• Federal bail bonds

Securing federal bail bonds becomes necessary when you are facing prosecution for a federal offense. They are costlier than the bail bonds that you post for crimes under trial by California state. Federal bonds and property bonds work similarly. Instead of a bail bonds agent, the court mediates in the transaction. You can either use property or cash to secure your federal bail bond.

  • Immigration bonds

As a foreigner facing criminal charges in California, you need to secure an immigration bond. The process is challenging because there is a high possibility that you may never return to the state to answer to your charges. This uncertainty makes immigration bonds a high risk for bail bond agents.

Release From Jail

After you make the payment, the clerk informs the correction officers to start processing your release. Your freedom may be immediate if the clerk’s office is within the jail or if that facility is not busy. Sometimes the process may take hours, especially if it is during a time of unrest, at mealtimes, or a shift change. Your speed of release will also depend on location, facility size, and the number of staff on duty.

Before setting you free, the officers must check your criminal record for outstanding warrants. If none exists, you will leave. Otherwise, you will remain in custody to face charges relating to the order. You will get all your personal property back before you exit. You can call a family member or a friend to pick you up or organize for your transportation.

If the hearing for your case is at a later date, you must appear in court on that date. You must also comply with all other requirements for your release. If you do not, you will attract more charges, and you may go to jail or forfeit your bail amount. Your bail bond contract remains valid for the period that your case is before the court. After sentencing, the bail agreement becomes void. The bail bond agent and the cosigner are not responsible for the completion of your sentence.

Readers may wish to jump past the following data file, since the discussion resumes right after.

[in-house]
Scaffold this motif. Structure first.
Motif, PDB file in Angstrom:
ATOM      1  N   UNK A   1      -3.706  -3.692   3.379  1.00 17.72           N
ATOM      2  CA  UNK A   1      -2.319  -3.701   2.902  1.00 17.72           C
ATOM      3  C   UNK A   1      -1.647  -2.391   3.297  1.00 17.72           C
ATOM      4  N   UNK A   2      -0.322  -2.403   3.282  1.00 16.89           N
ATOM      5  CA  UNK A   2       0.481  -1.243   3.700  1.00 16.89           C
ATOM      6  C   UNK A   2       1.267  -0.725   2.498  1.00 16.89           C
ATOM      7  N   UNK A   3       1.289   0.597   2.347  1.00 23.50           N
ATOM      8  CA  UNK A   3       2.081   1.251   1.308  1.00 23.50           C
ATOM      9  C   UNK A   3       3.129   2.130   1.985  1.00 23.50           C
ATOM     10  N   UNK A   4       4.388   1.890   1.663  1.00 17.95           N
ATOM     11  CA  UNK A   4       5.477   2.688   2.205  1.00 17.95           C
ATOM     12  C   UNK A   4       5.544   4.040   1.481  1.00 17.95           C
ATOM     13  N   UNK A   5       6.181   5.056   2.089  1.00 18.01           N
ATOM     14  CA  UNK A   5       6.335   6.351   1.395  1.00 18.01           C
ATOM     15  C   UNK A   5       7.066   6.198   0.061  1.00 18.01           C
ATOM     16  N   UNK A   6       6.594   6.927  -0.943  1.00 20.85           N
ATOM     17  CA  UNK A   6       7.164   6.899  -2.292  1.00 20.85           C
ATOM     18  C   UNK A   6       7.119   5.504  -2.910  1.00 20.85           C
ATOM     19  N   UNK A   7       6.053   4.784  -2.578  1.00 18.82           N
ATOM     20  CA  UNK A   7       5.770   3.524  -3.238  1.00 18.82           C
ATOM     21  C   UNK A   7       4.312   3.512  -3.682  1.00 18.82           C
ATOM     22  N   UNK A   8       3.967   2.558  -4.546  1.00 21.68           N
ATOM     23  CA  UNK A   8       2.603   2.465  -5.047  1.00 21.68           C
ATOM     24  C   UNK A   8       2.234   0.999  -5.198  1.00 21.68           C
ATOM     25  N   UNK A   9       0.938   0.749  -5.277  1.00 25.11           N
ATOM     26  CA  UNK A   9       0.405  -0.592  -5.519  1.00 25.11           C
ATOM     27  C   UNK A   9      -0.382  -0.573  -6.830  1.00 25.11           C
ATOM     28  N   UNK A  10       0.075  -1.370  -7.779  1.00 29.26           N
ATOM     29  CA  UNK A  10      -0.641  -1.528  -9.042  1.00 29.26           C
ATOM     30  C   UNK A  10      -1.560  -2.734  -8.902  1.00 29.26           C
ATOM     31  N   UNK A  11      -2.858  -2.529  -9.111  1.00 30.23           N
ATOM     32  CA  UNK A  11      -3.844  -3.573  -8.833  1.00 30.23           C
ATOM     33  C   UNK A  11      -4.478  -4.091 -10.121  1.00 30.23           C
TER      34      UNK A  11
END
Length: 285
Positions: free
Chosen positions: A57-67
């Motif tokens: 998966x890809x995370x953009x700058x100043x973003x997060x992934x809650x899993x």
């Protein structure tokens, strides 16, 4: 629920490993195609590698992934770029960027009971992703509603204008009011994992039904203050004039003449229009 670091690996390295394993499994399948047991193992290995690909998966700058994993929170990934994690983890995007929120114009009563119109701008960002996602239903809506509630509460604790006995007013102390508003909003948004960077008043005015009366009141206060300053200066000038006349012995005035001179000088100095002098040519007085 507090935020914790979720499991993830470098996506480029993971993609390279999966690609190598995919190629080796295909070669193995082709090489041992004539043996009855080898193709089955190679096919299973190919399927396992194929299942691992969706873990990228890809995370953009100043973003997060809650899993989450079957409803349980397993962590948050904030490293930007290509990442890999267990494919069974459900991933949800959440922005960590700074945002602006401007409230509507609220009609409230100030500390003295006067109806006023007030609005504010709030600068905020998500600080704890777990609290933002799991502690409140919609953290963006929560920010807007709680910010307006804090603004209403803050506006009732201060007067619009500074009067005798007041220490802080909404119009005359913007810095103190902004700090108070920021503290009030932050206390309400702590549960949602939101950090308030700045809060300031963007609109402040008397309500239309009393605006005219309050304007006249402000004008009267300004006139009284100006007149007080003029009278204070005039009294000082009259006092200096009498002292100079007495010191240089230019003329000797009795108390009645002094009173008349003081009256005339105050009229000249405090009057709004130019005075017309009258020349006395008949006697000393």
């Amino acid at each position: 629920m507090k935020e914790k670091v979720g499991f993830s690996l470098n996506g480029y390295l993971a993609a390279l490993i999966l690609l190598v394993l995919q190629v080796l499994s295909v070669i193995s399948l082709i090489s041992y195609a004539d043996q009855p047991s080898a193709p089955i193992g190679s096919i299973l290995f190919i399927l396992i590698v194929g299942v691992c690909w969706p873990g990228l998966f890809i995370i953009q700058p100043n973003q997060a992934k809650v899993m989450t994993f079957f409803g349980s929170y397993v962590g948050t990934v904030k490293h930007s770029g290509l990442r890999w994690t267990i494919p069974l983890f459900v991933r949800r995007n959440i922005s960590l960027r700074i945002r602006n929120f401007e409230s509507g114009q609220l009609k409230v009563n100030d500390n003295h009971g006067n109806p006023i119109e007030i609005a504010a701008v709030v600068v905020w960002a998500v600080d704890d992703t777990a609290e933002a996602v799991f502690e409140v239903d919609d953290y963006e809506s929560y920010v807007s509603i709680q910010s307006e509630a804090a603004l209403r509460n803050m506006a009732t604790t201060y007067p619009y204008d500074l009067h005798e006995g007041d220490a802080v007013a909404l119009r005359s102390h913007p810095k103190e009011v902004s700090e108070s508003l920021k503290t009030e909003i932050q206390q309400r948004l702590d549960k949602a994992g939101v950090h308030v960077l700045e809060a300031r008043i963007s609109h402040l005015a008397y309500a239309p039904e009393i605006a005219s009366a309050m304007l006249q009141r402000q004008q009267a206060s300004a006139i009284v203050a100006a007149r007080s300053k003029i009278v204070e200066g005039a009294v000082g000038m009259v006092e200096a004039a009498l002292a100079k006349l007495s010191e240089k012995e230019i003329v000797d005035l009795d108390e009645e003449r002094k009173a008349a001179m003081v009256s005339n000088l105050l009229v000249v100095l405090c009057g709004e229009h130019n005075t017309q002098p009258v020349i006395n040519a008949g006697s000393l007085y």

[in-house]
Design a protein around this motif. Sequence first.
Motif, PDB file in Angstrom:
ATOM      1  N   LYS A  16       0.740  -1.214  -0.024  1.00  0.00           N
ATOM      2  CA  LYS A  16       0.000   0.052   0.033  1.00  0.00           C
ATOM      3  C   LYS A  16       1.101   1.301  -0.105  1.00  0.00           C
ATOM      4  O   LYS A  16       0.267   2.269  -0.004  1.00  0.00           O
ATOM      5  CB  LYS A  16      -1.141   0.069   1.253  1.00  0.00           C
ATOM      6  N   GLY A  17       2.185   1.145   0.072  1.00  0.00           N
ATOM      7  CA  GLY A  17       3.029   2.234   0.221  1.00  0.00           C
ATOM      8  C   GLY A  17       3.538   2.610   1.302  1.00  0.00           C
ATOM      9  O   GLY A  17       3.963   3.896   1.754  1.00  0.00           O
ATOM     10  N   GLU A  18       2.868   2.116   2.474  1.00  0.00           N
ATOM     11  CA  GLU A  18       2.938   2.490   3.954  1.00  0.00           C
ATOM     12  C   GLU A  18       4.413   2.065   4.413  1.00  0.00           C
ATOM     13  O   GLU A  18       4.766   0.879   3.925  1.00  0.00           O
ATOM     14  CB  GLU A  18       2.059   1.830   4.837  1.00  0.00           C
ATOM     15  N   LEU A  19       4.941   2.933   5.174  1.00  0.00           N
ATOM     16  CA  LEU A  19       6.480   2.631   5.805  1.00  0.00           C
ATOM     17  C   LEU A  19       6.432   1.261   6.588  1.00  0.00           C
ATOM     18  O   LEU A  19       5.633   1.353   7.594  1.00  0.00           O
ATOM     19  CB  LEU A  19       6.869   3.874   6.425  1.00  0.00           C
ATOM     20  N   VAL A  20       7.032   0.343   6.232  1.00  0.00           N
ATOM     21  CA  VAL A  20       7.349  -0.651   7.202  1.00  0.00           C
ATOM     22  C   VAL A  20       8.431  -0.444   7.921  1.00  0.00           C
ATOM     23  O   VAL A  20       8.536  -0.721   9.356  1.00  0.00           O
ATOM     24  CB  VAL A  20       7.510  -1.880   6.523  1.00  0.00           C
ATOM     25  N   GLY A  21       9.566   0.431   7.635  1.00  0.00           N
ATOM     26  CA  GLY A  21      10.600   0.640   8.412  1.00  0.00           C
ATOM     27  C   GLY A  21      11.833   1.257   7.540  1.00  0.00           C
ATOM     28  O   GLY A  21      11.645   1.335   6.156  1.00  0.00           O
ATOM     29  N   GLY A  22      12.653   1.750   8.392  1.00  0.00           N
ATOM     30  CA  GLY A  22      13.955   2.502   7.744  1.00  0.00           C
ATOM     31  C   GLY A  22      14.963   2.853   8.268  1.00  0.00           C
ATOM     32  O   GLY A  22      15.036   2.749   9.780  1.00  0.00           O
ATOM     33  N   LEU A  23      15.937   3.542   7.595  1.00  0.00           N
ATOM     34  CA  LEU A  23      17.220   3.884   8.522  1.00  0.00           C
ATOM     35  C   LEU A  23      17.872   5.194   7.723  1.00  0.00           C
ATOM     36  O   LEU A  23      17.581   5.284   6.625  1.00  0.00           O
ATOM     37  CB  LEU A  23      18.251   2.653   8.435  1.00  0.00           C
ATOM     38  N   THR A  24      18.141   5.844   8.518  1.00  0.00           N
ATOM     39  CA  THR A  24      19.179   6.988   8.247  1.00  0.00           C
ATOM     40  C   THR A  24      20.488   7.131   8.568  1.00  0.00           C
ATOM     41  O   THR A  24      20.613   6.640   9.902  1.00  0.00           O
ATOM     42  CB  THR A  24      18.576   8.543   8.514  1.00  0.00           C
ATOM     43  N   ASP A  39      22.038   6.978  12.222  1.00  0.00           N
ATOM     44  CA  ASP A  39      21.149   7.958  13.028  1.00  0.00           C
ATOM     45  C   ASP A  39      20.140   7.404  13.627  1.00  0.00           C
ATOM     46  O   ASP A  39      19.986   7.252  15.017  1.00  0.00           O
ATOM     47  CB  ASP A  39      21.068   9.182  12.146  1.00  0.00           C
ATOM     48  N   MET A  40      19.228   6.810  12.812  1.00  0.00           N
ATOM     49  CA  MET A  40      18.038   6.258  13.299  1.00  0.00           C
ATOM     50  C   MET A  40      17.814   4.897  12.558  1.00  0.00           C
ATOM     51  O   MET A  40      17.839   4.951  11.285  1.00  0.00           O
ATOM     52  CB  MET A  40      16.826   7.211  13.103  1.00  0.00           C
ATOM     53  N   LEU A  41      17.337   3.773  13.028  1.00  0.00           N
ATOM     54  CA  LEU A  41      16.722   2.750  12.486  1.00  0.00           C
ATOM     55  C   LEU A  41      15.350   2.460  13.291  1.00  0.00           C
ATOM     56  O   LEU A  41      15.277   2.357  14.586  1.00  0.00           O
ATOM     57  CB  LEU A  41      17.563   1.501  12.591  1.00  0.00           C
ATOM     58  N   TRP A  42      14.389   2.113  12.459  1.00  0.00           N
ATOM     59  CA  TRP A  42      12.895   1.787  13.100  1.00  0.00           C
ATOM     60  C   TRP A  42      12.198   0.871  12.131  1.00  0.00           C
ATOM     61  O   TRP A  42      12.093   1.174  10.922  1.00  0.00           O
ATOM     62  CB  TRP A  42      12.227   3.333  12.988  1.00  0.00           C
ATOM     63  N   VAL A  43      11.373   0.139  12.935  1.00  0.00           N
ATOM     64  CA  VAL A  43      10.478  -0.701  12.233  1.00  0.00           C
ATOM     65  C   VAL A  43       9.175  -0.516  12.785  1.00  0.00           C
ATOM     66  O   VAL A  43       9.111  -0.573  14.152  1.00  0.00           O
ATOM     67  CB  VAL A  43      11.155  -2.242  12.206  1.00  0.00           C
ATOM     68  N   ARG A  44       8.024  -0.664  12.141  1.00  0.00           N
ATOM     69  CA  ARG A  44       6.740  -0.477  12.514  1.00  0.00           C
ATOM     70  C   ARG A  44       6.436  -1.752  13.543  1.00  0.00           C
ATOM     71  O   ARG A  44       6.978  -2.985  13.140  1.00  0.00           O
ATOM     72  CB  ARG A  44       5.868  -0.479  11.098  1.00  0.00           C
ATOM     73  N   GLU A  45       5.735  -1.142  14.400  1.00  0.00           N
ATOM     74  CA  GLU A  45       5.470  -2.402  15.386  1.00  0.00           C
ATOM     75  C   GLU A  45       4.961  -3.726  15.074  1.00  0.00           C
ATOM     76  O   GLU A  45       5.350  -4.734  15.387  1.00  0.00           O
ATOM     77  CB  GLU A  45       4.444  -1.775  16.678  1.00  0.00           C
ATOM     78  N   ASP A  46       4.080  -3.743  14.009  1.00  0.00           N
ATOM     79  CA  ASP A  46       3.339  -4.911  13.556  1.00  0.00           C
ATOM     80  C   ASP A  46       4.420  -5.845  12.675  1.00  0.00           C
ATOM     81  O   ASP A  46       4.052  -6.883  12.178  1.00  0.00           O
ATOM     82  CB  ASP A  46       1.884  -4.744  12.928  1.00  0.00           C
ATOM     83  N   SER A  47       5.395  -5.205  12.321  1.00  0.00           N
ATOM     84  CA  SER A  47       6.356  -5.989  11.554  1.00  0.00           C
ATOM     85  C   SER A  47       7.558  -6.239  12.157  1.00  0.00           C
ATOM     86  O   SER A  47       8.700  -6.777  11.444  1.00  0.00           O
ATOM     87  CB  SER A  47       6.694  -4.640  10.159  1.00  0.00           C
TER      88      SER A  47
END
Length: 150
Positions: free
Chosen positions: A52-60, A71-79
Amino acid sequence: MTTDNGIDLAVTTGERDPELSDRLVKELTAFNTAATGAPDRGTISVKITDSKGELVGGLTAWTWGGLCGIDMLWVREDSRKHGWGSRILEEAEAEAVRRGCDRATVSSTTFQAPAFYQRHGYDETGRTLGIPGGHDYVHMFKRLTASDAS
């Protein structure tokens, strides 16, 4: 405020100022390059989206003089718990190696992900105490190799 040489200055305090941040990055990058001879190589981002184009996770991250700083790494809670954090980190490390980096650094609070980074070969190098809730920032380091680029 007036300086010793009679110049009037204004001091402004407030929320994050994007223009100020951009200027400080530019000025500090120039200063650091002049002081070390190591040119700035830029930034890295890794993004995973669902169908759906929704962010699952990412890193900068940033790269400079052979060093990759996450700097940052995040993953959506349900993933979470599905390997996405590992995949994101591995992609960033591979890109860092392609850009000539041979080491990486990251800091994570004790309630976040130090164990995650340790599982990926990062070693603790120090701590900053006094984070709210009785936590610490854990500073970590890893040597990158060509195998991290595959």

Jailhouses Near Thousand Oaks

If the police apprehend you, they may place you in one of the following facilities:

The Thousand Oaks Jail (East County Jail)

2101 East Olsen Road

Thousand Oaks, CA 91360

Phone: 805-494-8242

Moorpark Jail

610 Spring Road

Moorpark, CA 93021

Phone: 805- 532-2700.

Consult a Bail Bonds Agent Near Me

If you or a loved one are in police custody, your first call should be to Exit Bail Bonds. We have extensive experience in posting bail for clients in Thousand Oaks. Call us at 951-788-1722, and we will quickly pay your bail and secure your freedom.

Free Bail Evaluation

Call 951-788-1722 24/7 if you want to retain fast bail.

Areas Serviced

Riverside

  • Robert Presley Detention Center
  • Southwest Detention Center
  • Larry D. Smith Detention Center (Banning)
  • Indio Jail Facility
  • Blythe Jail Facility
  • Corona Police Department
  • Hemet Police Department

San Bernardino

  • West Valley Detention Center
  • Central Detention Center
  • Adelanto Detention Center
  • Glen Helen Detention Center
  • High Desert Detention Center

Orange County

  • Central Men’s Jail
  • Central Womens Jail
  • Theo Lavy Facility
  • James Musik Facility
  • Santa Ana PD
  • Anaheim PD
  • Newport Beach PD
  • Huntington Beach PD
  • All Other Police Stations

Los Angeles

  • Men’s Central Jail
  • inmate Reception Center
  • Century Regional Detention
  • Twin Towers Correction Facility
  • North/South County Detention Center
  • All Los Angeles Sheriff Stations
  • All Los Angeles Police Stations